This is why, if you have invasive breast cancer, your lymph nodes will be checked for cancer cells. Tissue can be extracted with a needle in a procedure called a needle biopsy, or nodes can be removed in surgery. If cancer cells are found, additional treatment may be recommended.

Breast cancer grading 

A doctor called a pathologist determines a tumor’s grade by looking at samples under a microscope. Higher-grade tumors are generally more likely to grow and spread, requiring more aggressive treatment. For breast cancer, the Nottingham grading system is most common.

nottingham grading system

Receptor status

Breast cancer cells often have a type of protein called a receptor. Receptors are like locks. Medications or substances in the body can fit into them like keys, telling the cells how to behave.

For example, a hormone in the body might “bind” (fit in the lock) to a receptor and tell the cancer cell to grow. A medication can fight the cancer by lowering the amount of that hormone in the body. Or a medication might bind to the receptor, preventing the hormone from delivering its instructions.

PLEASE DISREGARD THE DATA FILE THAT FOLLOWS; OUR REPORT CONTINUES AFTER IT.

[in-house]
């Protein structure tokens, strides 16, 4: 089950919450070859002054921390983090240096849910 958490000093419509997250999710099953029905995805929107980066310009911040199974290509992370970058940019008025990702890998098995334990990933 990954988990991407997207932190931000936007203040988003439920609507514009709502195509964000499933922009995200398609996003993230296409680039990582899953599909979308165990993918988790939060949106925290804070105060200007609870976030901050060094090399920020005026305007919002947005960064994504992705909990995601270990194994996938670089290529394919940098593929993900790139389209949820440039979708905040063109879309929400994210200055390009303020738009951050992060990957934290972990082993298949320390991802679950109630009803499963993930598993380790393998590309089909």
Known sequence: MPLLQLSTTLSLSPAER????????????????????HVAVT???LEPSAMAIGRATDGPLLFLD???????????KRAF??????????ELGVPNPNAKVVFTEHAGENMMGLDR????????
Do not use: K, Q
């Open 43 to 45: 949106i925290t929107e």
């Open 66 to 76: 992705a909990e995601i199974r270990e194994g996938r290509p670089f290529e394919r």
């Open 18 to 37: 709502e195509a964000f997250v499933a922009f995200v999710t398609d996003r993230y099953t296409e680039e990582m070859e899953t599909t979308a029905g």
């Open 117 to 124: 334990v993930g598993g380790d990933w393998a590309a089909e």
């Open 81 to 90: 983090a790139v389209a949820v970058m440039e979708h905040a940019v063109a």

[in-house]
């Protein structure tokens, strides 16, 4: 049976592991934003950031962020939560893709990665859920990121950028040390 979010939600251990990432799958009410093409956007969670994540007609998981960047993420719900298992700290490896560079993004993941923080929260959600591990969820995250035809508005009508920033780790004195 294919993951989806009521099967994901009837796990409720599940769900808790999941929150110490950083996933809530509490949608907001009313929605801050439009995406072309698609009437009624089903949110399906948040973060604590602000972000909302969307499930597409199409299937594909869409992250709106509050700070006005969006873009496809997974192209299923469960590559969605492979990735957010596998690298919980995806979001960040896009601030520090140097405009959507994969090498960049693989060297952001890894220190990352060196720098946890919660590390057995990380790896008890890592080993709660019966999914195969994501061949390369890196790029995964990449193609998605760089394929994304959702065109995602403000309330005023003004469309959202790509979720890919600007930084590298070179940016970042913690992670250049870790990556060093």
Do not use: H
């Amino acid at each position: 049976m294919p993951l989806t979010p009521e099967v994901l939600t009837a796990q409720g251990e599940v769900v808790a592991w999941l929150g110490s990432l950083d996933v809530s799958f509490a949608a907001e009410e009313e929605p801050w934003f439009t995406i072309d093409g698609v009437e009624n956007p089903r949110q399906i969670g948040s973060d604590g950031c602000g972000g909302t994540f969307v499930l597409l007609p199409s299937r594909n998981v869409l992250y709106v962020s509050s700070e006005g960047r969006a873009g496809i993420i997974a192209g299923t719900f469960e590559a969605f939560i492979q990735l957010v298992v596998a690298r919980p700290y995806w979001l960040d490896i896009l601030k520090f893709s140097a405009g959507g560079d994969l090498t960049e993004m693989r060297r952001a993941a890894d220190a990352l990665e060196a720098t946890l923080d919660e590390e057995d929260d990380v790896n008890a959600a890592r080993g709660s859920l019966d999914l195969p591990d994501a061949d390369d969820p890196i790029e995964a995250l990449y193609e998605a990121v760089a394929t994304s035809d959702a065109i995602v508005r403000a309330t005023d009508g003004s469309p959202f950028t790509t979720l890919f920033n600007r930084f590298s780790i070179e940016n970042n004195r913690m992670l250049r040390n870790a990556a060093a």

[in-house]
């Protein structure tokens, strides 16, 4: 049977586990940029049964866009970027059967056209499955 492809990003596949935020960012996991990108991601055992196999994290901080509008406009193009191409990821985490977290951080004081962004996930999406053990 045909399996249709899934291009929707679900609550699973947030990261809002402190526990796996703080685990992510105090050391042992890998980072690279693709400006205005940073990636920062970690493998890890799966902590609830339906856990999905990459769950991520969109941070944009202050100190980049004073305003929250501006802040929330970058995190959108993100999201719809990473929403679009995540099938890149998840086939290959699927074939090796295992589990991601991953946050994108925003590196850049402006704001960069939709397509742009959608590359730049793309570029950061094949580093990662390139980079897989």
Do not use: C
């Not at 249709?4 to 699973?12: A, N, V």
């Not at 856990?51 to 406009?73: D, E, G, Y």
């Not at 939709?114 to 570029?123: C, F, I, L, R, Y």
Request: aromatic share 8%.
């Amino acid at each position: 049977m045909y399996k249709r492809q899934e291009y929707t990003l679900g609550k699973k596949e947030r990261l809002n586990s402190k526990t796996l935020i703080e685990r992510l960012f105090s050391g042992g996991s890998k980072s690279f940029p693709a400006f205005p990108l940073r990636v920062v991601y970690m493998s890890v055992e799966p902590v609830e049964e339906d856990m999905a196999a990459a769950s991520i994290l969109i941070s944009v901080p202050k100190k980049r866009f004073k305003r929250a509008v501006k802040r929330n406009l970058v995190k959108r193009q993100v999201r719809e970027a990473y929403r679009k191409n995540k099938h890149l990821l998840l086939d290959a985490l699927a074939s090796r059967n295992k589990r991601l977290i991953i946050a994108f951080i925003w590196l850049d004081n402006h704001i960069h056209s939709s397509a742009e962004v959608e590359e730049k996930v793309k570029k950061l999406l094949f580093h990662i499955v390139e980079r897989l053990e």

Your cancer will be tested for three receptors. The first two are “hormone” receptors:

  • Estrogen receptors
  • Progesterone receptors 
  • HER2 receptors

Your cancer can test positive for one, two or all three receptors. If your cancer has no receptors, it’s called “triple negative.”

Hormone receptors

Hormones are chemicals in the body that control functions such as growth. Breast cancer can have receptors for two hormones — estrogen and progesterone.

In women, estrogen regulates the development of breasts and menstruation, among other things. Progesterone prepares the uterus for pregnancy and helps regulate menstrual cycles.